We can see how the Beam dispatcher is implemented by looking at the add instruction in beam_emu.c. The STORE_ARITH_RESULT macro actually hides the dispatch function which looks something like: I += 4; Goto(*I);.


#define OpCase(OpCode) lb_##OpCode
#define Goto(Rel) goto *(Rel)

...

OpCase(i_plus_jId):
{
  Eterm result;

  if (is_both_small(tmp_arg1, tmp_arg2)) {
    Sint i = signed_val(tmp_arg1) + signed_val(tmp_arg2);
    ASSERT(MY_IS_SSMALL(i) == IS_SSMALL(i));
    if (MY_IS_SSMALL(i)) {
      result = make_small(i);
      STORE_ARITH_RESULT(result);
    }

  }
  arith_func = ARITH_FUNC(mixed_plus);
  goto do_big_arith2;
}

I will talk about the Beam virtual machine at EUC, covering how to look at compiled Beam code, how preemption is handled and some of the Beam instructions are implemented.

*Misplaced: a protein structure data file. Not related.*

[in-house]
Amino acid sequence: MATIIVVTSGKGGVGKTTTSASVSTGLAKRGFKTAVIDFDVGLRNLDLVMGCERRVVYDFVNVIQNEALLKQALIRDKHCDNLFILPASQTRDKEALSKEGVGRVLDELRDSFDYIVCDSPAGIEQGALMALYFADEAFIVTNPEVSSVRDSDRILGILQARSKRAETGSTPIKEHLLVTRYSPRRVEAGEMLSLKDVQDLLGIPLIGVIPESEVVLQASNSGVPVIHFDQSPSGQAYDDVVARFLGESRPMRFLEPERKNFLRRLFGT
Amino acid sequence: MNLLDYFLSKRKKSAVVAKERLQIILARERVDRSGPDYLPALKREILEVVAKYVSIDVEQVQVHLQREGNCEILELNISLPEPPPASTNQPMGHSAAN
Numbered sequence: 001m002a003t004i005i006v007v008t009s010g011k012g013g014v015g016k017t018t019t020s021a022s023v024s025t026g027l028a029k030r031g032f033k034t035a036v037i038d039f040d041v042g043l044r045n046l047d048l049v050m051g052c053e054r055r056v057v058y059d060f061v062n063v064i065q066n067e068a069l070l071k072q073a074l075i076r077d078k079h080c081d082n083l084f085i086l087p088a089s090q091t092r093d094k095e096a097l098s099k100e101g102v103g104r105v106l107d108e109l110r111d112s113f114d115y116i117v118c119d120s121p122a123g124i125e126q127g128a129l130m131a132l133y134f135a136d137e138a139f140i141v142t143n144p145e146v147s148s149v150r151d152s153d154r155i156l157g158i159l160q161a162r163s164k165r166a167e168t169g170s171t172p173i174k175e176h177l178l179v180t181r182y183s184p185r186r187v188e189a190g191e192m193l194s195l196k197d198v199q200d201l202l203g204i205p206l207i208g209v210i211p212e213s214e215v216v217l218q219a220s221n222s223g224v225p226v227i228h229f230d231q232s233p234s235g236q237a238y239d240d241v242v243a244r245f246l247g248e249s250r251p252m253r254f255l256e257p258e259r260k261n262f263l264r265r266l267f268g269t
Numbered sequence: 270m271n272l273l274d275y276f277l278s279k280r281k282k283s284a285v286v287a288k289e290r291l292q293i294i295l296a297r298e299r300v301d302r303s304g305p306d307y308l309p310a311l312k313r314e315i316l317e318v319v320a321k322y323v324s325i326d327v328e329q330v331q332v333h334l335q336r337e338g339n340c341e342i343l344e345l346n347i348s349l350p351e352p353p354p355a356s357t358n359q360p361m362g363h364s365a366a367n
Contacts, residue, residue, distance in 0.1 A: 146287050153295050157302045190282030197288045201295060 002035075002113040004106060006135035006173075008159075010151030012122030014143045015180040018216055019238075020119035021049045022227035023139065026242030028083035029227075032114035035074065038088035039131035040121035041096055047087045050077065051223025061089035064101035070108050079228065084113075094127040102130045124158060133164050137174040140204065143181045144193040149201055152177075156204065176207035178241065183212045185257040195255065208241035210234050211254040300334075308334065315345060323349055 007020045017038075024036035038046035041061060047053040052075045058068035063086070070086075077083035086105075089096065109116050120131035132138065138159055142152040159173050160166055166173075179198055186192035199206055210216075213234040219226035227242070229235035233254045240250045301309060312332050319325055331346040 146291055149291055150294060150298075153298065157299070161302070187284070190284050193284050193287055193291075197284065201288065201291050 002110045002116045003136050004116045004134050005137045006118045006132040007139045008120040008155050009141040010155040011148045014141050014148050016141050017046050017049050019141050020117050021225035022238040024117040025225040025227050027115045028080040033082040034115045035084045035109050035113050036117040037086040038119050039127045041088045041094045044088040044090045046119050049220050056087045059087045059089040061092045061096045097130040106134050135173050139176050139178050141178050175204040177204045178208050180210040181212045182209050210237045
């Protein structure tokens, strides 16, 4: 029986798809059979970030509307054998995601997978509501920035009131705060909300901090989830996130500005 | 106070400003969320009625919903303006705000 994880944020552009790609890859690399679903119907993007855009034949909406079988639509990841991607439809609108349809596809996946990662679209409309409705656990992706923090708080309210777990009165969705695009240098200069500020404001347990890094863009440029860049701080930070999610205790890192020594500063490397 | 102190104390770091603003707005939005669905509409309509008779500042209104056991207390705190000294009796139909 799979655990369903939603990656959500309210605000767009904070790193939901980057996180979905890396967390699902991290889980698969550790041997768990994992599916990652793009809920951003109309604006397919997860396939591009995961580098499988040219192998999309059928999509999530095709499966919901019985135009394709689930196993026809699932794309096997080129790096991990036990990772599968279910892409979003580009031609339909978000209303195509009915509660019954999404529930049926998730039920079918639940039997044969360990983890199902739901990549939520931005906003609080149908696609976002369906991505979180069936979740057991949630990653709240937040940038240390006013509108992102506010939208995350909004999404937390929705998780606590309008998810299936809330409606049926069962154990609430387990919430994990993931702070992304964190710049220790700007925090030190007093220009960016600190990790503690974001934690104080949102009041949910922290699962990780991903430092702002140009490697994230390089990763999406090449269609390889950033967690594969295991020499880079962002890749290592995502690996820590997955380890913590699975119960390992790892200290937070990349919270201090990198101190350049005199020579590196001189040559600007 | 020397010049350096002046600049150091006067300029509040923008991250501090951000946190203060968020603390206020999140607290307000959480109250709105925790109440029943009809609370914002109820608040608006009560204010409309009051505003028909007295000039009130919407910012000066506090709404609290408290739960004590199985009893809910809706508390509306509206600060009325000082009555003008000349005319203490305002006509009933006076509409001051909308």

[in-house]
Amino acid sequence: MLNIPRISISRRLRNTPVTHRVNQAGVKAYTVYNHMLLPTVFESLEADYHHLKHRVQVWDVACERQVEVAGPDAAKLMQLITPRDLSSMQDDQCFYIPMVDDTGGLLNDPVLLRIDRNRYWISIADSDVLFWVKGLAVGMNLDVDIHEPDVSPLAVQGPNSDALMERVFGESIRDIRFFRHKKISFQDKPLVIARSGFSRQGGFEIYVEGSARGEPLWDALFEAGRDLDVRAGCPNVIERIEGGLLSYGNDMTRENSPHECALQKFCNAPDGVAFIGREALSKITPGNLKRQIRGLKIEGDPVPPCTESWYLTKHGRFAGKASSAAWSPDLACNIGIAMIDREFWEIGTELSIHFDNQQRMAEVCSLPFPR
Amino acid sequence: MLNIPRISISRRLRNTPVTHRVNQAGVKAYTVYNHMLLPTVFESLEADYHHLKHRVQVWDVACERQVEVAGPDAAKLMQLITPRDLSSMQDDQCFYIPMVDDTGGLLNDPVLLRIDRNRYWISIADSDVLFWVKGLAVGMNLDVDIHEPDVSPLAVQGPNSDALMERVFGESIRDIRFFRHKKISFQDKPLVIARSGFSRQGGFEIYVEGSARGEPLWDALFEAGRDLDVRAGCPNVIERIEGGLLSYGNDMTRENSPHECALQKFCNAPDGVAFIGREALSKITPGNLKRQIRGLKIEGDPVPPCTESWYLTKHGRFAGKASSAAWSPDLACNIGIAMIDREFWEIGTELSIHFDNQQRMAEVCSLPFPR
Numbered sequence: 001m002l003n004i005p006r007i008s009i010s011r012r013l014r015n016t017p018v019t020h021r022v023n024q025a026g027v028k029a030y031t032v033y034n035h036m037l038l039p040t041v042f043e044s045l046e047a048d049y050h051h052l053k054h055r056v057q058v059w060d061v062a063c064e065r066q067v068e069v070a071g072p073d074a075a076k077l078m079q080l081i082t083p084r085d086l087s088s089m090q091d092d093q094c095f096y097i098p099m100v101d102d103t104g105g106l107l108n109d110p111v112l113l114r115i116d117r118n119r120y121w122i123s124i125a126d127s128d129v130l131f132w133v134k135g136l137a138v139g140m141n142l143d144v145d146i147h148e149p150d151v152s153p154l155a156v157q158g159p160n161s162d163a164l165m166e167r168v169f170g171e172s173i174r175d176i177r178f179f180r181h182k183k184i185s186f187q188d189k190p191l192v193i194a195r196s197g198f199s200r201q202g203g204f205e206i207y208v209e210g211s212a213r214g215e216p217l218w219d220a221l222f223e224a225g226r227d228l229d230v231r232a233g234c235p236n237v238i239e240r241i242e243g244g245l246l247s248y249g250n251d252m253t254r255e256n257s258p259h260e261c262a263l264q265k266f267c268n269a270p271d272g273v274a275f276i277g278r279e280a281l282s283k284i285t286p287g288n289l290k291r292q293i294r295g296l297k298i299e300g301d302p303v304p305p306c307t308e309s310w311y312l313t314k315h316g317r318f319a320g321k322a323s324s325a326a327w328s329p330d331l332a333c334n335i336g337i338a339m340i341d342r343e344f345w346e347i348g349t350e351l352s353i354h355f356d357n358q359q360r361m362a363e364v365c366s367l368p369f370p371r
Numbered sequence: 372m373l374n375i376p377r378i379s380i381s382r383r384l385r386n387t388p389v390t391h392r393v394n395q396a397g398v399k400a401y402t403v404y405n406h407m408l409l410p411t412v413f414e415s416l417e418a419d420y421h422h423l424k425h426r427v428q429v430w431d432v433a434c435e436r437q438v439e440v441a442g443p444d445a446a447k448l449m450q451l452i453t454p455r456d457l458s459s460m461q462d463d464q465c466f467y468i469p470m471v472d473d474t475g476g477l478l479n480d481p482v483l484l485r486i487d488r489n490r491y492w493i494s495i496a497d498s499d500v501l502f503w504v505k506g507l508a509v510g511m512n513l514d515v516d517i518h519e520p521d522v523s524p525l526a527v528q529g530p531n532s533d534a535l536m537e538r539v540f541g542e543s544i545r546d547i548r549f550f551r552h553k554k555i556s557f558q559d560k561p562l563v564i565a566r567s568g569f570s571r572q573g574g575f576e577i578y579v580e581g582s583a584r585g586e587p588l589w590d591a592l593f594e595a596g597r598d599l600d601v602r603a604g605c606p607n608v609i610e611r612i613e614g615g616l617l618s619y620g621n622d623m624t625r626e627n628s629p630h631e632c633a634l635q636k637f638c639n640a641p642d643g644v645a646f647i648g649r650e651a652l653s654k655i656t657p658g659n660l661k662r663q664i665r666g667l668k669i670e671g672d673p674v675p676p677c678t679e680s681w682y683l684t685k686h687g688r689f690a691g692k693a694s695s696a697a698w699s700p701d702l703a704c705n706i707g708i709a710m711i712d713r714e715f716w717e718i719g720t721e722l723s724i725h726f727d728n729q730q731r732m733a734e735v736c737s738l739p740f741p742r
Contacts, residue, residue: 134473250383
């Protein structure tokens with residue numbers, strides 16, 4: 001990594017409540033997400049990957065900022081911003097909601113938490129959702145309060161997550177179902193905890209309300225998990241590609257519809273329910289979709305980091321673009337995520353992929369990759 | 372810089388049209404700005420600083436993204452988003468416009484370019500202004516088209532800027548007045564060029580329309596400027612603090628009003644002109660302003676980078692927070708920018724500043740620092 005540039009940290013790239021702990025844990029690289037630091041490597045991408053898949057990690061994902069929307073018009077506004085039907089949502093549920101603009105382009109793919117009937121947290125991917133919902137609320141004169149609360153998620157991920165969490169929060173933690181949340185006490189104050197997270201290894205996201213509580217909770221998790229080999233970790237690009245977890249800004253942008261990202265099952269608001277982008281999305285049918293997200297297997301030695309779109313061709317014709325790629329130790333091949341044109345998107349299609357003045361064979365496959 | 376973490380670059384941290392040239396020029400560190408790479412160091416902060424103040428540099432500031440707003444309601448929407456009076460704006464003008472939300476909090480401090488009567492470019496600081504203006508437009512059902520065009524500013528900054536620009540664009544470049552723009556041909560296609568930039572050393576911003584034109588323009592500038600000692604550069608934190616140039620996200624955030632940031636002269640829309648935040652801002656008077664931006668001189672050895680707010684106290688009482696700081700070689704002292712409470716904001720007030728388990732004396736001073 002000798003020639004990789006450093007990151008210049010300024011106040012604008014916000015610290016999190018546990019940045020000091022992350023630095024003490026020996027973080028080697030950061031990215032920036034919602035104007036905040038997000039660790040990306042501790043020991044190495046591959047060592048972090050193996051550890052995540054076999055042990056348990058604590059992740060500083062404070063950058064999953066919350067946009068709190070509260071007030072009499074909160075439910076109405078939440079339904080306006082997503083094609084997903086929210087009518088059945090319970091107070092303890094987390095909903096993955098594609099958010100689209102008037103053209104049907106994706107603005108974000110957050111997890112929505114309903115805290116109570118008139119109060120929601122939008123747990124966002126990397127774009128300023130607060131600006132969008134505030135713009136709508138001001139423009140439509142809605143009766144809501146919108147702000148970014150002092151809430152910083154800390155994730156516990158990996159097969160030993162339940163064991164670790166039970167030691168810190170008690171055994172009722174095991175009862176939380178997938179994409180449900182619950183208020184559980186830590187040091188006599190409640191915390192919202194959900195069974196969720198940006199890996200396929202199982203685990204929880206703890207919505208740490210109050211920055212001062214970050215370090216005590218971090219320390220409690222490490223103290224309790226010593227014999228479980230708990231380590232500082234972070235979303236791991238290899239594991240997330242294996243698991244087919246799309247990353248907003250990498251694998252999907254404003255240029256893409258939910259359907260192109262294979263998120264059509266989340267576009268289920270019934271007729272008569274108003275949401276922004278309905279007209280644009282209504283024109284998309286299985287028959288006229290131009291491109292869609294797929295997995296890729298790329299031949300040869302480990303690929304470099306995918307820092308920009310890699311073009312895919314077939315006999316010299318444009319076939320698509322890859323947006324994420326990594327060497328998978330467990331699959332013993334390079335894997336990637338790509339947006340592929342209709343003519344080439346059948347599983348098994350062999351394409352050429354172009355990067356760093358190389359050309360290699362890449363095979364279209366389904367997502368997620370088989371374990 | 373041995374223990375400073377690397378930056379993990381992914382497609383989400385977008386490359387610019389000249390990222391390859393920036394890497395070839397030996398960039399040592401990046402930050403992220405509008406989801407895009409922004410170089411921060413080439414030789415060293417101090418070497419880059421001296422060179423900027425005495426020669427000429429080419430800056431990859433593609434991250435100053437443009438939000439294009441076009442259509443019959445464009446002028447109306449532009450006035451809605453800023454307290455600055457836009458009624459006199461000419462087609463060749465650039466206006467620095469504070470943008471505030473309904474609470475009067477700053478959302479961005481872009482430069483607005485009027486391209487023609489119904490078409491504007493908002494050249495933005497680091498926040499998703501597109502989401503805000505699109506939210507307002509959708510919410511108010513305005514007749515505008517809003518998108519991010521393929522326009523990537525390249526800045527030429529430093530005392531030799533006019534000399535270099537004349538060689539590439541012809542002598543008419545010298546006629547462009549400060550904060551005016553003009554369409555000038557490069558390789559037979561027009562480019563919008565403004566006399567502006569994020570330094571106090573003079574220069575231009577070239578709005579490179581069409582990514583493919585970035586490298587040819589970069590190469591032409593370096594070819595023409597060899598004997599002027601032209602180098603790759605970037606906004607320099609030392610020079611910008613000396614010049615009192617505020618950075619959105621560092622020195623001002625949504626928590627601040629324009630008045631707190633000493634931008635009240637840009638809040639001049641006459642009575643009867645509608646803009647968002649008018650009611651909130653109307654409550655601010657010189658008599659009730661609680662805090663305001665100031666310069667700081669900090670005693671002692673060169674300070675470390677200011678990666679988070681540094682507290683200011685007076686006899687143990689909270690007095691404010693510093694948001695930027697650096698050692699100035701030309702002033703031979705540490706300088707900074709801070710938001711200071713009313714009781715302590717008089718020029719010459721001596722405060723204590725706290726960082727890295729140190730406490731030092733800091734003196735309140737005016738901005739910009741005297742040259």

Hope to see you there.

The Erlang Tagging Scheme

Erlang is dynamically typed. That is, types will be checked at runtime and if a type error occurs an exception is thrown. The compiler does not check the types at compile time, unlike in a statically typed language like C or Java where you can get a type error during compilation.

These aspects of the Erlang type system, strongly statically typed with an order on the types puts some constraints on the implementation of the language. In order to be able to check and compare types at runtime each Erlang term has to carry its type with it. This is solved by tagging the terms.